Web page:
“We began as artist and dealer, but it developed into the most important personal relationship I made in my 16 years in the field,” says Chicago gallery director Paul Berlanga of his friend, Art Center alumnus Wayne Forest Miller (Photography ’41). They met in 2001, at an exhibition of Miller’s work at Northwestern University’s Mary and Leigh Block Gallery. “After a momentary glance at his work on the walls [the Bronzeville series], I knew the Stephen Daiter Gallery needed to represent this man.” Miller, a Chicago native, was 82 years old at the time, with a long and legendary career behind him — World War II photographer in Edward Steichen’s elite U.S. Navy Combat Photo Unit, member of Magnum Photos, and recipient of two consecutive Guggenheim Fellowships for his landmark project documenting the African American community on Chicago’s South Side in the late 1940s. Miller, who lived in the Bay Area with his wife of 70 years, passed away on May 22, 2013. Berlanga gave a eulogy at the California memorial service last fall, and now shares his memories of the photographer — “Wayne always preferred ‘working photographer’ to artist” — with Dotted Line.
MLK Day: For Photo alum Van Evers—son of civil rights leader Medgar Evers—giving a photograph is as rewarding as taking oneFriday, January 17th, 2014
Though he rarely grants interviews, this week Van Evers agreed to talk with Dotted Line about his education and career, and also about his family legacy—an important part of our nation’s history as well as his own.
Los Angeles is not merely the backdrop for an Art Center education. It’s a living laboratory for artistic experimentation and, as the capital of an Industry so pervasive it needs no other name, a source of gainful employment.
Photography alumnus James Van Dyke Evers (who goes by “Van”) has an especially coveted gig in entertainment as the official photographer for the L.A.-based Tavis Smiley show on PBS. Over the past six years he has photographed hundreds of A-list guests on the nightly talk show, a who’s who of contemporary culture and politics, from Prince to Anthony Hopkins, from James Taylor to President Barack Obama.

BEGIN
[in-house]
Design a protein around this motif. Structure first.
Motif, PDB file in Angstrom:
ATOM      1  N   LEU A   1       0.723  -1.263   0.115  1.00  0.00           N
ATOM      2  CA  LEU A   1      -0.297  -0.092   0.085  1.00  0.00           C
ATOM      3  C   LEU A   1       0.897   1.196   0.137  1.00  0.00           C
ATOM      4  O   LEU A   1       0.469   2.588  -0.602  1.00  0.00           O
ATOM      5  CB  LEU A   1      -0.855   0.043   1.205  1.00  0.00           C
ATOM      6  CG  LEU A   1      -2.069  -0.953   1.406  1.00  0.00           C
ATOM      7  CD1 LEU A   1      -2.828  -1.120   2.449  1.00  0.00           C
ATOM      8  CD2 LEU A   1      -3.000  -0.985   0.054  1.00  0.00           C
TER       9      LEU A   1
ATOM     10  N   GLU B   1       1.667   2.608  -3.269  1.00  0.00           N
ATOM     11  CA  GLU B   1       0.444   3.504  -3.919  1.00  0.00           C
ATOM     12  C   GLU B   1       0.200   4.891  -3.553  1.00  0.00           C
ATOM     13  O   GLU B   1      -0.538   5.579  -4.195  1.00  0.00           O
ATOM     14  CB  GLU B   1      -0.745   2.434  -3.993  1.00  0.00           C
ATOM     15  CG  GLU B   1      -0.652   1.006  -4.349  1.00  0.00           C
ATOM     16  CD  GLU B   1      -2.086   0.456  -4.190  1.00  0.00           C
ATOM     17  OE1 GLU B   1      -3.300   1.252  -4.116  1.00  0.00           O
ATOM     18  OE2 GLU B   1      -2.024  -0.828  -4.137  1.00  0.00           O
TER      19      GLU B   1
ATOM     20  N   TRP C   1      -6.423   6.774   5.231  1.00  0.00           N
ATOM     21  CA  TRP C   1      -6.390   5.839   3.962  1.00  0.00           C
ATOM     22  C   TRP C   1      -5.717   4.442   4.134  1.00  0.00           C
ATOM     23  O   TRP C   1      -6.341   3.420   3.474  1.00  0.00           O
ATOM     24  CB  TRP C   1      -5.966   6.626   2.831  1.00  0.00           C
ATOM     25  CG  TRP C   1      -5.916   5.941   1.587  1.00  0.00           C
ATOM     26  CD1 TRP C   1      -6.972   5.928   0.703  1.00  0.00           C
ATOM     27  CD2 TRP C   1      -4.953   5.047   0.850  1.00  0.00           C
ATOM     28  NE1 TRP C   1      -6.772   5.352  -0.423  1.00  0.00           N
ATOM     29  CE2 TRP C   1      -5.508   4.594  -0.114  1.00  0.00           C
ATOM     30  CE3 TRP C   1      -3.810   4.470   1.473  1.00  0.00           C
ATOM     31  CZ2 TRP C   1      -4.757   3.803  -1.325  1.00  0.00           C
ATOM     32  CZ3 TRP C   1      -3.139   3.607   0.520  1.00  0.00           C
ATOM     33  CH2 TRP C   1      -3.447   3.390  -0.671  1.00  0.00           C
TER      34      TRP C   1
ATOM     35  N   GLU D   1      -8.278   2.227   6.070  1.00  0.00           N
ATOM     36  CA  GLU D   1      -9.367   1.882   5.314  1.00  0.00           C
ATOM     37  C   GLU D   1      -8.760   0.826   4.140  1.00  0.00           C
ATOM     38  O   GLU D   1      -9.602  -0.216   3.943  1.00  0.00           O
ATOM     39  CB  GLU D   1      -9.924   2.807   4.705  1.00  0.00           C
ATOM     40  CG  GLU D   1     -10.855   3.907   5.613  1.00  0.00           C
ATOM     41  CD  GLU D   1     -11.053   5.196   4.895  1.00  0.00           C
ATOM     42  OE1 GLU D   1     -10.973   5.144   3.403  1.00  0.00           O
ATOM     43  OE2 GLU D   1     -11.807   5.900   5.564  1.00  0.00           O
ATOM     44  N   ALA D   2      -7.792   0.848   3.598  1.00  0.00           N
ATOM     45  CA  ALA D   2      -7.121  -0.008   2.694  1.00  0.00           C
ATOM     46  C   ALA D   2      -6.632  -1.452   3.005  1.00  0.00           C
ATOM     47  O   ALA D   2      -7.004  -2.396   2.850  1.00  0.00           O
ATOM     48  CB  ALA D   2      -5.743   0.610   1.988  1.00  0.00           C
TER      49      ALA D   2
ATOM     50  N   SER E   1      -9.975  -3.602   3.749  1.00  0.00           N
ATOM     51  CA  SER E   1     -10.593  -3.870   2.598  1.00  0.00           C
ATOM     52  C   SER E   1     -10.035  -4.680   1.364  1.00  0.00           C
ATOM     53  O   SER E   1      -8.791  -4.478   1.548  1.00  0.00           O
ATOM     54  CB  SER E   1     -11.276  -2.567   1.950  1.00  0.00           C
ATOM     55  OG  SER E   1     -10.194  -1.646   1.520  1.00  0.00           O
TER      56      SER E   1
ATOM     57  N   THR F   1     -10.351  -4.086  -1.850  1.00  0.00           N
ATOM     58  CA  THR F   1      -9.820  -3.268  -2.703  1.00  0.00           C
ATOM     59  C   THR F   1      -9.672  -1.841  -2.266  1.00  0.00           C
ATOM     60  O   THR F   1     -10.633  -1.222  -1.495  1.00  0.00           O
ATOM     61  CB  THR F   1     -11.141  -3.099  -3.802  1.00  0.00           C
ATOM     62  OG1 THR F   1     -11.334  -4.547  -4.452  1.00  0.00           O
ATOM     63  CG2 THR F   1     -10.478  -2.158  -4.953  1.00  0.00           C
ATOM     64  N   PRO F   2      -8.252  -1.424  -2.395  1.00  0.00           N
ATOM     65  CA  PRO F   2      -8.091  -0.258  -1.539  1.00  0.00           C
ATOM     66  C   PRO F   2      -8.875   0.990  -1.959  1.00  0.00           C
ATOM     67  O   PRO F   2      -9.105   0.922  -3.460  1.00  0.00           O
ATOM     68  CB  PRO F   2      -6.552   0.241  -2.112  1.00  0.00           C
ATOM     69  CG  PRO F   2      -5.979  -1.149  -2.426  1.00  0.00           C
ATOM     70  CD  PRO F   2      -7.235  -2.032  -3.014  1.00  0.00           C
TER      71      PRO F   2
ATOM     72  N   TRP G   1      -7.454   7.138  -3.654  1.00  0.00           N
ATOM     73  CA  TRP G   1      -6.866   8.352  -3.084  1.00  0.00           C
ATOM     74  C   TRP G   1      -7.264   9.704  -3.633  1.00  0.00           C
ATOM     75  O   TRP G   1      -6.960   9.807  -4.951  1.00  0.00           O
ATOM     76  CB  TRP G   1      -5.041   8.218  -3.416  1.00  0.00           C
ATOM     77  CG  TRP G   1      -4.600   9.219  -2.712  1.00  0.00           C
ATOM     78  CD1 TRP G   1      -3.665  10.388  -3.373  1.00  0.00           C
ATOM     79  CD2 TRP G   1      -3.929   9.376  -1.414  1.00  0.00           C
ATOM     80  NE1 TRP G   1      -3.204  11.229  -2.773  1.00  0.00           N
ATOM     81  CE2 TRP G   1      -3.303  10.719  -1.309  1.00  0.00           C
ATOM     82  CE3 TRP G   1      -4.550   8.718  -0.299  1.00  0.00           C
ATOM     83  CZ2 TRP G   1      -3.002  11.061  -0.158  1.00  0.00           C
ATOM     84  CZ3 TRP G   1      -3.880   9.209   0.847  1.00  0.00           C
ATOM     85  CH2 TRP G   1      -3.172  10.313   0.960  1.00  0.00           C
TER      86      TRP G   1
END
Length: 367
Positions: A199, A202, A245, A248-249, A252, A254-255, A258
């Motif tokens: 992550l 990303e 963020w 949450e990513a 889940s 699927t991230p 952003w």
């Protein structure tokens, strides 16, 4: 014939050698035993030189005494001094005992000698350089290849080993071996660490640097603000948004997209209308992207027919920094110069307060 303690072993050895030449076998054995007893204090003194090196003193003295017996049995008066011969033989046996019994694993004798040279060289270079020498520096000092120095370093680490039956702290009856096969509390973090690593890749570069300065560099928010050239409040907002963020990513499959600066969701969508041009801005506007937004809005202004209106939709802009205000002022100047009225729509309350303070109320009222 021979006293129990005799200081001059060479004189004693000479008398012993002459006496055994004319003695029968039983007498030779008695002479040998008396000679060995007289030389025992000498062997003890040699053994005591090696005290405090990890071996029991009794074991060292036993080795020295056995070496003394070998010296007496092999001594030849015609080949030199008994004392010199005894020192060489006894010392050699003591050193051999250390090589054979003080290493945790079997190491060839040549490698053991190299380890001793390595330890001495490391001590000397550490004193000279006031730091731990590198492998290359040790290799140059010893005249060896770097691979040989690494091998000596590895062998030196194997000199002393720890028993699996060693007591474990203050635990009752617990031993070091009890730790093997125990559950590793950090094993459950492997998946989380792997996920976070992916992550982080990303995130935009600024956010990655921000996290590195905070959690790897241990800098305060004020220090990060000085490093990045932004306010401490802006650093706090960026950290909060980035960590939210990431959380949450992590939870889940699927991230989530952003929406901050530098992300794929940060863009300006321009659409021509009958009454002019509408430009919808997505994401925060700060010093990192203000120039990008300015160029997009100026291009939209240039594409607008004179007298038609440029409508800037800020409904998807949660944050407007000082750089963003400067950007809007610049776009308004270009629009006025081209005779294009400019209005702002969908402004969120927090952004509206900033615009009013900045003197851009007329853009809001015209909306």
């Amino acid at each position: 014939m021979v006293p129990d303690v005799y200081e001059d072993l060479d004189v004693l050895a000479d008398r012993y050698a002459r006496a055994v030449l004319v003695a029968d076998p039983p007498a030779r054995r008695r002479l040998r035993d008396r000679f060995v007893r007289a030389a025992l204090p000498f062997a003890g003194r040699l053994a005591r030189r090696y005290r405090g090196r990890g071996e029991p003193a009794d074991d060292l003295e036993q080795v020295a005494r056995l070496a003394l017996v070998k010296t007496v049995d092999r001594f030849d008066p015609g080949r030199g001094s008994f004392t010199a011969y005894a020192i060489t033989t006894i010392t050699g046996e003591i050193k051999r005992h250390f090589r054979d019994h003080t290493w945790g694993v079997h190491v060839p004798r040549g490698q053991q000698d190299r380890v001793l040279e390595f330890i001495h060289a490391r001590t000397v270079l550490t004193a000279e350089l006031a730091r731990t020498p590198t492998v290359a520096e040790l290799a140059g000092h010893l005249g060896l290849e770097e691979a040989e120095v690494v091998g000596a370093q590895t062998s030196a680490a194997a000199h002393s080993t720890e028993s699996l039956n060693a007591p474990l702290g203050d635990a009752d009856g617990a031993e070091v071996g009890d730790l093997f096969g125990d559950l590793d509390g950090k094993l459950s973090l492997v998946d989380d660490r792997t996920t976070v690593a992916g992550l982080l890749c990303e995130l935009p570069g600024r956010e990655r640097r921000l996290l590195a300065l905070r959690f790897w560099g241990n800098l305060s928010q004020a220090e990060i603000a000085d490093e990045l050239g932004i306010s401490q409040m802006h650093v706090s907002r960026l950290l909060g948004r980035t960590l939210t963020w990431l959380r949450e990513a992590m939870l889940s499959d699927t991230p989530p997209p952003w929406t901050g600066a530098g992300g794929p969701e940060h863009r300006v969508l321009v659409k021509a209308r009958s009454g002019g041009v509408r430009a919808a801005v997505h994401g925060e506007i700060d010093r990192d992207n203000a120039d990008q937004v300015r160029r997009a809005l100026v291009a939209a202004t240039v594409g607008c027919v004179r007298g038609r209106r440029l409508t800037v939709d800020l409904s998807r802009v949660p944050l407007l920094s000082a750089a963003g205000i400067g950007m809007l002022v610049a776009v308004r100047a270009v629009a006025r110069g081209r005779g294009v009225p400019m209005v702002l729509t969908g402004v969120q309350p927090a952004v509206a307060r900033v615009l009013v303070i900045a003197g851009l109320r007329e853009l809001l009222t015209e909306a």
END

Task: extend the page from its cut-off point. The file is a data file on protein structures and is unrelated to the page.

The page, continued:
“My job is to capture that special energy between two people,” says Van, who may be unique in the fast-paced world of TV talk shows for making sure every guest leaves with a framed print commemorating their appearance on the show. It entails working with lightning speed and decisiveness, and often literally running to catch guests as they step into their waiting limos.
“Most shows deliver digital images to the publicist later, and we do that too,” he says. “But handing the guest a physical print, to hold in their hands—it means so much to that guest, and it puts a smile on their face.”
That grateful smile is what made Van choose a career in photography.
Van picked up his first camera as a nine-year-old at summer camp and made his first prints in an old shed. “Light leaked everywhere, it was a real mess, but when I saw that print come up in the developing tray, that was it.”
Art Center’s top-tier facilities and dedicated faculty helped Van hone his craft, teaching him professional skills and life lessons that continue to serve him. Looking back he singles out instructors like Charlie Potts and Peter Suszynski and fellow students like Everard Williams and Jeff Sedlick (who both now serve on the faculty), and Neal Brown and Sean Thonson. And he gladly shares his own “must do”s for aspiring photographers: “Be on time. Listen to the client’s needs. And prep, prep, prep! Have a backup plan. Because things can and will go wrong. If you don’t get the shot right away, it’s over. You don’t get a second chance.”
Artforum called Sharon Lockhart’s meditation on the visionary work of Israeli dance composer and textile artist Noa Eshkol (1924–2007) an “intimate conversation of ideas simulated across the gulf of history.” The New York Times hailed the five-channel film installation as a “subtle but virtuosic move.” And the Los Angeles Times described it as “a sensitive portrait of a formidable artist.”